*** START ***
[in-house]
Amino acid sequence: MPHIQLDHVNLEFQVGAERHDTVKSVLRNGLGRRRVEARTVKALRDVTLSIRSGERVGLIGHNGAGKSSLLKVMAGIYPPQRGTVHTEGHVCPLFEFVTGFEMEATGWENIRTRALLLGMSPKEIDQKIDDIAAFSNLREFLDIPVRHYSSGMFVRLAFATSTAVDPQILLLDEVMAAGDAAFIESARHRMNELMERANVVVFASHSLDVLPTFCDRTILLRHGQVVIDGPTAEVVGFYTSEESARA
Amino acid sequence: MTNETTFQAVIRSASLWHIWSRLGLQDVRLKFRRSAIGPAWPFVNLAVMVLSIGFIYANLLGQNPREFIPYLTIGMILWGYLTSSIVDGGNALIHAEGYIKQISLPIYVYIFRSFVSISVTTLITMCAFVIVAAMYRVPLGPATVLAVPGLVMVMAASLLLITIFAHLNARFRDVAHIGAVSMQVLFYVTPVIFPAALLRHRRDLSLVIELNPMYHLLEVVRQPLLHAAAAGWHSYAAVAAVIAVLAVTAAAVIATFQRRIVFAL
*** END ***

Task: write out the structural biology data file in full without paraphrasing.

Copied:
[in-house]
Amino acid sequence: MPHIQLDHVNLEFQVGAERHDTVKSVLRNGLGRRRVEARTVKALRDVTLSIRSGERVGLIGHNGAGKSSLLKVMAGIYPPQRGTVHTEGHVCPLFEFVTGFEMEATGWENIRTRALLLGMSPKEIDQKIDDIAAFSNLREFLDIPVRHYSSGMFVRLAFATSTAVDPQILLLDEVMAAGDAAFIESARHRMNELMERANVVVFASHSLDVLPTFCDRTILLRHGQVVIDGPTAEVVGFYTSEESARA
Amino acid sequence: MTNETTFQAVIRSASLWHIWSRLGLQDVRLKFRRSAIGPAWPFVNLAVMVLSIGFIYANLLGQNPREFIPYLTIGMILWGYLTSSIVDGGNALIHAEGYIKQISLPIYVYIFRSFVSISVTTLITMCAFVIVAAMYRVPLGPATVLAVPGLVMVMAASLLLITIFAHLNARFRDVAHIGAVSMQVLFYVTPVIFPAALLRHRRDLSLVIELNPMYHLLEVVRQPLLHAAAAGWHSYAAVAAVIAVLAVTAAAVIATFQRRIVFAL